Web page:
I got an arcade machine, but it had a really crappy control panel. I decided to make a better one (and I did an OK job for a first try). The first thing was to come up with a template for buttons, joysticks, and my trackball. I decided how much overhang I wanted on the control panel and how much curve I wanted in the buttons. I don’t have a process for this, it is a matter of preference. When laying out the controls think about what games you might want to play. I hardly ever play fighting games, but I like neo geo very much. I went with 2×3 buttons because that has a wide usefulness in games and doesn’t look too crowded. There are still some games that I will only be able to play single player but that’s for reasons like smash tv or robotron 2084. Once I decided a keep out zone around the edge of the control panel I picked an arbitrary curve for the front. I could spend forever in CAD making it exactly something, but there isn’t a standard to build to so I just went ahead and laid it out mostly by eye.
Traditional arcade machines use all sorts of materials, but 3/4″ MDF is very common. It’s eady to get, uniform in consistency, super shitty, flakes like cardstock, soaks water like a sponge, and is heavier than plutonium. That all being granted, I used it anyway. After getting some correctly sized hole saws I drilled all the button holes and the holes for the joysticks and trackballs.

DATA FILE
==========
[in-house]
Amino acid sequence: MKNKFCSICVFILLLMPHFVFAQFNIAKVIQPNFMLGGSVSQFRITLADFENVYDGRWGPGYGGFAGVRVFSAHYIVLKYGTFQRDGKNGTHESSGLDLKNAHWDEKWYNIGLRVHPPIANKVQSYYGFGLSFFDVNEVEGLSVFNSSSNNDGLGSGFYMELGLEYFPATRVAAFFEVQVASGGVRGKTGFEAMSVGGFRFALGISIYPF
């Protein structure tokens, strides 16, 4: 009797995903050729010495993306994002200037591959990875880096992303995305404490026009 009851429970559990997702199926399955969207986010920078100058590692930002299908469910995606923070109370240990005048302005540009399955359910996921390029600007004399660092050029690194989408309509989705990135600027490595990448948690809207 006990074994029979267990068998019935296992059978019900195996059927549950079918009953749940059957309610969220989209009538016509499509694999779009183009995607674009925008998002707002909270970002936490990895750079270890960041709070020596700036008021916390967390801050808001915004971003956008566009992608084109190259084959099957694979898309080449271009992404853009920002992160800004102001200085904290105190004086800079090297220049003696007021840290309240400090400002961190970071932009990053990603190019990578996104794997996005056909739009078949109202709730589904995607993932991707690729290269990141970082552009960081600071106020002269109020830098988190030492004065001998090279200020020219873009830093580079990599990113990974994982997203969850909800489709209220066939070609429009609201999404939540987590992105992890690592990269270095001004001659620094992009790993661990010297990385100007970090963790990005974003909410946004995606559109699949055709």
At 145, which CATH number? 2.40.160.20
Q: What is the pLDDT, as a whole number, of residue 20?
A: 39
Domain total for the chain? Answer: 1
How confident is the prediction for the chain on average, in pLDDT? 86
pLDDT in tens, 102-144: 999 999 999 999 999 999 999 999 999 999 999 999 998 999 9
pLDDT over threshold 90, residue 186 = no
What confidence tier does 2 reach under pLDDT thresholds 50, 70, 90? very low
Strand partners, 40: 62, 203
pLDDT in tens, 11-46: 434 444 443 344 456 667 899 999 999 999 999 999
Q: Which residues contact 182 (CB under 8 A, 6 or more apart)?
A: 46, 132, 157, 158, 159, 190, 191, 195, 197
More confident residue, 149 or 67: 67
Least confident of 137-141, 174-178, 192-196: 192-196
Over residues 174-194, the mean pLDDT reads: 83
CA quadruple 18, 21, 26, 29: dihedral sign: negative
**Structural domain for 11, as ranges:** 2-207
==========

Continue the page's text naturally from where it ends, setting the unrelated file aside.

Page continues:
The acrylic got a coat of black paint on the underside (so it wouldn’t chip) and so did the MDF (in case it does). The outside of the control panel has been routed with a 1/16″ slot cutting bit so I could fit it with t-molding.
With all the hardware mounted I installed the buttons and ignored the concept of crimp connectors. Solder everywhere! For use with a non-ghosting matrix these buttons heed diodes. Put simply the matrix can flow current both ways if more than one button is pressed, but these diodes block that so by scanning the matrix I can detect and be sure that every button is pressed at once.
The whole thing is wired together and hooked up to a knock-off arduino micro from ebay. This is my favorite usb emulating microcontroller, and today it is playing the role of a keyboard thanks to soarer’s firmware as seen in my previous projects. The matrix config I use is here.
As you can see this was done before I had a laser to cut things exactly. the right buttons don’t arc like the left, the trackball is off center, and the carriage bolts go through the top sheet. All in all I’m not a huge fan, but it works.